Women are two times more likely than men to experience depression.
In fact, about 20% of all women will experience depression at some point during their life.
This article will educate you about the symptoms of depression seen specifically in women and how these symptoms may look in a woman’s daily life.
Symptoms of Depression Experienced By Women
Depression in women is characterized by feelings of inadequacy, lack of energy, and anxiety. The following are symptoms reported by women experiencing depression:
4. Thoughts of being a burden to others and wondering what it would be like if they were not in the picture.
The information below contains a more in-depth overview of how these symptoms look on a daily basis in the lives of women experiencing depression:
About the Author
September Trent MS, LPC is a licensed professional counselor specializing in eating disorders, self-harm, anxiety, and depression treatment. You can schedule an appointment with September for online counseling or in-person at our Springfield, Missouri counseling center.
1. Being overly emotional, more than normally experienced
Women experiencing depression report not feeling in control of their emotions. Things they could normally shrug off can trigger a mood of sadness and hurt, or even bring them to tears. As much as they try, it feels impossible to be in control again.
2. Having difficulty enjoying things they used to like
Things a depressed woman used to enjoy do not seem appealing even though she knows they were enjoyable in the past. A depressed woman may know she enjoys spending time with friends, but it can be difficult to manage just getting out of bed and getting dressed.
3. Feeling inadequate as a wife, mother, and at work
A lack of confidence defines a depressed woman’s life. She may not feel like she is desirable to her husband. She may feel like she does not take adequate care of her children, or she may feel incompetent in her workplace. These thoughts can be untrue, but a depressed woman will often still believe them and feel this way.
4. Thoughts of being a burden to others and wondering what it would be like if they were not in the picture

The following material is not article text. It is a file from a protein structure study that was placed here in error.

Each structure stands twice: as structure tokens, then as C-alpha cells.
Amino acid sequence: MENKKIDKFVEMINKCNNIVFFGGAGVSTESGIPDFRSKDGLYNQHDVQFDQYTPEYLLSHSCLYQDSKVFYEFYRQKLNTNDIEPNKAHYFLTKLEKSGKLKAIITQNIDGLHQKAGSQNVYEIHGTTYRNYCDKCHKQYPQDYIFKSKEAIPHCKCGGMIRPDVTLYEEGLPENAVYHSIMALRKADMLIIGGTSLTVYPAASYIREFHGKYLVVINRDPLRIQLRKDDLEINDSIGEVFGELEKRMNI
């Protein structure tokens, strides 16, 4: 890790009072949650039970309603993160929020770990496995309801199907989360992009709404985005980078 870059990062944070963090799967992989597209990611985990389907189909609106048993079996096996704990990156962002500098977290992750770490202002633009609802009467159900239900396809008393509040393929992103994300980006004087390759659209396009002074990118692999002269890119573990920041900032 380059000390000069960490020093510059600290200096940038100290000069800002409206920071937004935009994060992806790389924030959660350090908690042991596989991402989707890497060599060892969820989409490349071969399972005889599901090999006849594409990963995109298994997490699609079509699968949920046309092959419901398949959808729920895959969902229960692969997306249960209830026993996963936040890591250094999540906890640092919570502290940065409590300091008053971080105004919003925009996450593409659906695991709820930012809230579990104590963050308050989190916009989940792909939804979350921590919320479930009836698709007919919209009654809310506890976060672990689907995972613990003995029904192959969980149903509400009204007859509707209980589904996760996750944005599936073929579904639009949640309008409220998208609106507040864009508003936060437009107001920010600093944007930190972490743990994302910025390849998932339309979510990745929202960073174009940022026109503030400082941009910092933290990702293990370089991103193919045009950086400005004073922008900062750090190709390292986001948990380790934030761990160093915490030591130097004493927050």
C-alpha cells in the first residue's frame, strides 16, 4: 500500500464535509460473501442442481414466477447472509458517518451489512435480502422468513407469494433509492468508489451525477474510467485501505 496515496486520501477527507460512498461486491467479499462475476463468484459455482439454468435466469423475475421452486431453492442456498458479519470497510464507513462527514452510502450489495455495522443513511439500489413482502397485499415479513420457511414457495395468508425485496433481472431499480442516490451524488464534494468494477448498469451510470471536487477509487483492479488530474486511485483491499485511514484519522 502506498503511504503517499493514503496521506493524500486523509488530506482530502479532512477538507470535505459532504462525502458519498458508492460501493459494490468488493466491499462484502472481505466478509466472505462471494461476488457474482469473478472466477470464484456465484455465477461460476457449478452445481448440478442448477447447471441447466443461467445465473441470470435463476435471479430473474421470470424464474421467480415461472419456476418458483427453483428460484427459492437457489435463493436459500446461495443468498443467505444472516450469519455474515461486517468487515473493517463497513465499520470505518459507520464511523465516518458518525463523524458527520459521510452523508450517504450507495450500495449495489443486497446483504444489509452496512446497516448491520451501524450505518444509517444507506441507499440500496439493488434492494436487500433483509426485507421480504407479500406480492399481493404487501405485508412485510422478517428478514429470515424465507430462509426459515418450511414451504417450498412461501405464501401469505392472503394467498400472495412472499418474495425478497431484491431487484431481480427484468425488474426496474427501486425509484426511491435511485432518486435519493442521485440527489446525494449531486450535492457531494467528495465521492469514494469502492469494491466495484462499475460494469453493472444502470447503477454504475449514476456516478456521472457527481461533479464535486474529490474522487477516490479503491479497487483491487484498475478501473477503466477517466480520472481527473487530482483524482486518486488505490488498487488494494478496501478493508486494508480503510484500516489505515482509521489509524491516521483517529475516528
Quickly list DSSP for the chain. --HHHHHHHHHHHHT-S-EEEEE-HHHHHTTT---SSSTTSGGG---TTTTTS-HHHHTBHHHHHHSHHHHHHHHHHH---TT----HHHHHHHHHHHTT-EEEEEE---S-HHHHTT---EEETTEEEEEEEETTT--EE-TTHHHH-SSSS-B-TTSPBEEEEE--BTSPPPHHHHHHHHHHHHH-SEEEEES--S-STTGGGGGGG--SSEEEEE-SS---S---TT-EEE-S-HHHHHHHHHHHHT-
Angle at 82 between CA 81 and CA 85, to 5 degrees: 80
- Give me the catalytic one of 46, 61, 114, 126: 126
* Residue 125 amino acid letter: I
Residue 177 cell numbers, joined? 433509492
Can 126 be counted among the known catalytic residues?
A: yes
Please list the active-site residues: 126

These thoughts are not necessarily suicidal, but they still indicate that the woman questions her worth to others. Feeling like a burden or nuisance to others is significant. Depressed women often do not feel valued or feel that they have let down the important people in their life.
5. Sleeping too much or not at all
When depressed, some women report being tired all the time. They can sleep 8, 10, or even 12 hours and still feel like they need a nap. On the other hand, some women have difficulty falling asleep due to worry, troublesome thoughts, and extreme emotion.
6. Not taking care of their body or feeling overly anxious about how they look
It is important to note that all women feel insecure about their bodies at times, but with regards to depression, this feeling can be amplified. In many cases, depressed women want to take care of themselves, but have difficulty actually doing it (i.e. they are held back by the other symptoms of depression). On the other hand, some women become overly obsessed with how they look to a harmful degree. This symptom may be characterized by exercising and eating (or not eating) to an obsessive degree.
7. Increased worry and anxiety over everyday tasks and decisions
Women who are depressed are prone to excessive worry about many aspects of their lives. These include how they are viewed by others, social interaction, job performance, and parenting skills. Making decisions can also be difficult due to questioning their thoughts and instincts. A simple decision—such as where to have dinner—can be too difficult to find a solution.
8. Lack of energy for daily tasks
Tasks that used to be easy can be daunting and take much longer to complete for depressed women. Cleaning the house or playing with the kids may feel like an enormous task (even if they would like to do these things) because of a lack of energy. For many women, it can be difficult just to get out of bed and get ready for the day.
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- American Psychiatric Association. (2013). Depressive Disorders. Diagnostic and statistical manual of mental disorders. (5th ed., pp. 155-188 ). Arlington, VA: American Psychiatric Publishing.
- Berlinger, N. T. (2005). Rescuing your teenager from depression. New York, NY: HarperCollins Publishers.
- Teen Depression – Mayo Clinic 
- Harvard Health Publications. (2011, May). Women and depression. Harvard Mental Health Letter. Retrieved August 12, 2012 
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